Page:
You know what’s coming, but if you delight in watching me writhe and convulse in the corner, read on. I’d never once connected to itunes.apple.com as I knew in advance that it had nothing to offer.
But a 17 year old kid assured me that they provide various masters of each recording for the listener to sample to help them identify which they should purchase.
This was, of course, completely false. By “various masters” he meant that Dark Side of the Moon was available in TWO formats -
The 2011 CD remaster
The 2011 CD remaster (with bonus tracks).
So there you are.
But I was already deep in the filth so I said, “what the hell” and started throwing artists at its ‘search’ box.
I figured I’d start out with the easiest of pitches – the 2010 EMI Beatles Box Set.
iTunes ONLY offers the stereo edition and doesn’t even HINT that the Mono Box even exists!
Beginning to sweat, I looked up their page for Captain Beefheart…
NO MENTION OF TROUT MASK REPLICA. But that’s okay, it’s only one of the most important and critically acclaimed records of its decade.
The 49 awesome albums recorded by Ash Ra Tempel and Manuel Gottsching? Not today, sorry.
Pete Namlooks’ monumental Fax +49-69450464 record label – not a single word of any one of the 238 legendary albums.
So I tried another approach – searching for Deutsche Grammophon classical releases.
Lo and behold – iTunes offers NO MEANS of searching by record label!
Want to peruse the Ninja Tune catalog? Forget about it if you’re on iTunes.
Warp Records? Ohr? Brain? Mute? Mo-Fi? Too bad.
And the 94 albums produced and recorded by LTJ Bukem on Good Looking Records and its various sub-labels? You’re going to have to search for them one at a time. (Psst – don’t bother… they aren’t there anyway.)
Salvador Dali’s notorious opera, Être Dieu? Not so much as an artist entry for the man.
Dig Nurse With Wound? Only the 26 CD releases of their ~100 disc catalog are available for purchase.
The same applies to Tangerine Dream. Beside an all-too-small sampling of their most popular early albums, iTunes is overrun with 80s-2000s compilations and soundtracks. The pink years were easily their best work, but they never happened according to this marketplace.
Independent artists? Not a single one I searched for produced any results.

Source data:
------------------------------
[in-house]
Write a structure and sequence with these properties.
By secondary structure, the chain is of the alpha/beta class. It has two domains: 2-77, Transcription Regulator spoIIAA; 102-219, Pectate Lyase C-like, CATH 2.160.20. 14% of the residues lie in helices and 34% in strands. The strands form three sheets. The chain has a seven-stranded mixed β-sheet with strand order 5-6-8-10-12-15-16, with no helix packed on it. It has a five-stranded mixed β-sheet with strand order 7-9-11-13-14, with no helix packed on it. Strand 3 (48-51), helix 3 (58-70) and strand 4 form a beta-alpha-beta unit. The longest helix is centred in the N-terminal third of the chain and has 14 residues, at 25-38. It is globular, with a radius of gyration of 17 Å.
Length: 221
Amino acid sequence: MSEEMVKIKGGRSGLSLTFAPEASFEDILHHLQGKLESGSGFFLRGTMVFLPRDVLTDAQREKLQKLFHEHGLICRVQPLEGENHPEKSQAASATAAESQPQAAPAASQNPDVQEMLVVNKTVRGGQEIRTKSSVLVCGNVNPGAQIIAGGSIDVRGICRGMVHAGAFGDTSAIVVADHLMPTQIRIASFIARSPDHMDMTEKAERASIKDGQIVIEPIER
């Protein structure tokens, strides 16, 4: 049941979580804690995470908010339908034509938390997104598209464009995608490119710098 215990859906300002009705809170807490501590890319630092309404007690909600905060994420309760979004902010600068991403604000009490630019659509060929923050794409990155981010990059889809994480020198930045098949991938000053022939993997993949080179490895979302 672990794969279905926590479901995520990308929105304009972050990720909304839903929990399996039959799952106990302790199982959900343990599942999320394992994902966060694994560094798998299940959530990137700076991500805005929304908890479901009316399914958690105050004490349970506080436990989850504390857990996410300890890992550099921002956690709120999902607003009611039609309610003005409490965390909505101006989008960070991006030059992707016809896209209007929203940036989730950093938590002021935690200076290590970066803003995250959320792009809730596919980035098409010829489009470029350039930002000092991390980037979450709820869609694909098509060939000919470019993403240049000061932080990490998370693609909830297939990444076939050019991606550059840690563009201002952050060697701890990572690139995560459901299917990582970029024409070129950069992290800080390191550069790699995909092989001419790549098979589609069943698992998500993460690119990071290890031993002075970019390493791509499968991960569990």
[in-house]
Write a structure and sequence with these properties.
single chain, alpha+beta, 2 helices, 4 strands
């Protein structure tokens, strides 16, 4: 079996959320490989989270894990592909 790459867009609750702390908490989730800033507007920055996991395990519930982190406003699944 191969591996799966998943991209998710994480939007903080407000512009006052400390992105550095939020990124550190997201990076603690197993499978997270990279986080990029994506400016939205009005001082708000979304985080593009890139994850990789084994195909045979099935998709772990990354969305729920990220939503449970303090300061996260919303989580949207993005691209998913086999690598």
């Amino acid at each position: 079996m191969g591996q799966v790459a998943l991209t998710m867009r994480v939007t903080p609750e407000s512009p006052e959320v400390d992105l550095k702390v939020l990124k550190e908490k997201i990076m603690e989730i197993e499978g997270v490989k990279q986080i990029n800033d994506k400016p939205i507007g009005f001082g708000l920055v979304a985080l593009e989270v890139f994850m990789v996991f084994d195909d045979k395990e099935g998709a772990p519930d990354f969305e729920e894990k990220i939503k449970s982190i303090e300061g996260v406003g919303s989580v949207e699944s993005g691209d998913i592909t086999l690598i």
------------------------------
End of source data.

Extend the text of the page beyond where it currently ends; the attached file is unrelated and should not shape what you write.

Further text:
Albert Ayler’s Spiritual Unity – arguably his best free jazz work – doesn’t exist.
The original German master of Stockhausen’s Kontakte? Forget about it.
Wordless Music Orchestra’s historical live recording of William Basinski’s Disintegration Loops? Never happened.
Spacemind’s 62 hours of psybient works? Not a one.
Raymond Scott’s Manhattan Research Inc. collection? Issued in the Netherlands, but nowhere on iTunes.
The Electronic Music series produced by Turnabout records throughout the mid-60s? Nope.
The popular Franklin Mint 100-disc Classical Collection? Nadda.
NASA’s majestic Symphonies Of The Planets series? The cat’s eaten it.
What It Is: Funky Soul & Rare Grooves Box Set? Not a scrap.
(This one killed me) Kraftwerk’s three critical early albums – Kraftwerk I, Kraftwerk II, and Ralf und Florian? No, no, and no.
Max & Dima’s 131 releases? 0 on iTunes.
Alban Berg? Not even an artist page.
Anton Webern? Zilch. (However Shoenberg gets some unfair attention.)
Throbbing Gristle has 137 albums and singles. Six of them are on iTunes.
The hundred-odd crazy moog/bachelor pad/and early synth records which defined the age of futurama in the 50s and 60s? If not for iTunes’ lonely copy of Perrey & Kingsley’s The In Sound From Way Out, you’d never know they happened.
The mash up craze popularized by 2ManyDJs “As Heard on Radio Soulwax” series? You’ll have to settle for Girl Talk.
Well done, iTunes. At least we can say you’re consistent.
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The world’s most popular public tracker currently offers over 6.2 million torrents, ranging from single albums to massive discographic archives. And the top 168 active private trackers host an additional 1.6 billion torrents collectively. Suddenly, iTunes’ measly 37 million individual songs seems rather inconsequential.
The audiophile community has built a tremendous archive of analog-only issued recordings which cannot be purchased digitally anywhere on the web. This community remains the simplest and most informative resource for discovering rare music. It inspires an average of $1200 in vinyl purchases annually for this user, alone… and there are many more like me.
I will not publicly endorse file sharing, but it clearly demonstrates the dire need for a change in the fundamental operation of the music market today.